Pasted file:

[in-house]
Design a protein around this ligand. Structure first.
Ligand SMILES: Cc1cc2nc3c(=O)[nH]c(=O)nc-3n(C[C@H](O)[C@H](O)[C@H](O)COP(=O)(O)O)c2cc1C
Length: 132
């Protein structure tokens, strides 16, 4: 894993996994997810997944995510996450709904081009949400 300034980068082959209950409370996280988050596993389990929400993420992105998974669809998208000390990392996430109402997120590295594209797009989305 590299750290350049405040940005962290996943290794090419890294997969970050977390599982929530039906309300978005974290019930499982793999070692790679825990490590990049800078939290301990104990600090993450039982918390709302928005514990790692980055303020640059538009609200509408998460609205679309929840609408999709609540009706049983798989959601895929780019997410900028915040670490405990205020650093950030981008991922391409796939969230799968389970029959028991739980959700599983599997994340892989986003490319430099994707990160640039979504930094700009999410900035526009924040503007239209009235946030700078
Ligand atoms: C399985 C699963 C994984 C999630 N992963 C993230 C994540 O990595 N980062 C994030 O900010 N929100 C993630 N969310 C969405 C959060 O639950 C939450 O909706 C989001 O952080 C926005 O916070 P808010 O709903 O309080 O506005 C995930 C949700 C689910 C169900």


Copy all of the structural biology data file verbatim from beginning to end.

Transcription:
[in-house]
Design a protein around this ligand. Structure first.
Ligand SMILES: Cc1cc2nc3c(=O)[nH]c(=O)nc-3n(C[C@H](O)[C@H](O)[C@H](O)COP(=O)(O)O)c2cc1C
Length: 132
């Protein structure tokens, strides 16, 4: 894993996994997810997944995510996450709904081009949400 300034980068082959209950409370996280988050596993389990929400993420992105998974669809998208000390990392996430109402997120590295594209797009989305 590299750290350049405040940005962290996943290794090419890294997969970050977390599982929530039906309300978005974290019930499982793999070692790679825990490590990049800078939290301990104990600090993450039982918390709302928005514990790692980055303020640059538009609200509408998460609205679309929840609408999709609540009706049983798989959601895929780019997410900028915040670490405990205020650093950030981008991922391409796939969230799968389970029959028991739980959700599983599997994340892989986003490319430099994707990160640039979504930094700009999410900035526009924040503007239209009235946030700078
Ligand atoms: C399985 C699963 C994984 C999630 N992963 C993230 C994540 O990595 N980062 C994030 O900010 N929100 C993630 N969310 C969405 C959060 O639950 C939450 O909706 C989001 O952080 C926005 O916070 P808010 O709903 O309080 O506005 C995930 C949700 C689910 C169900």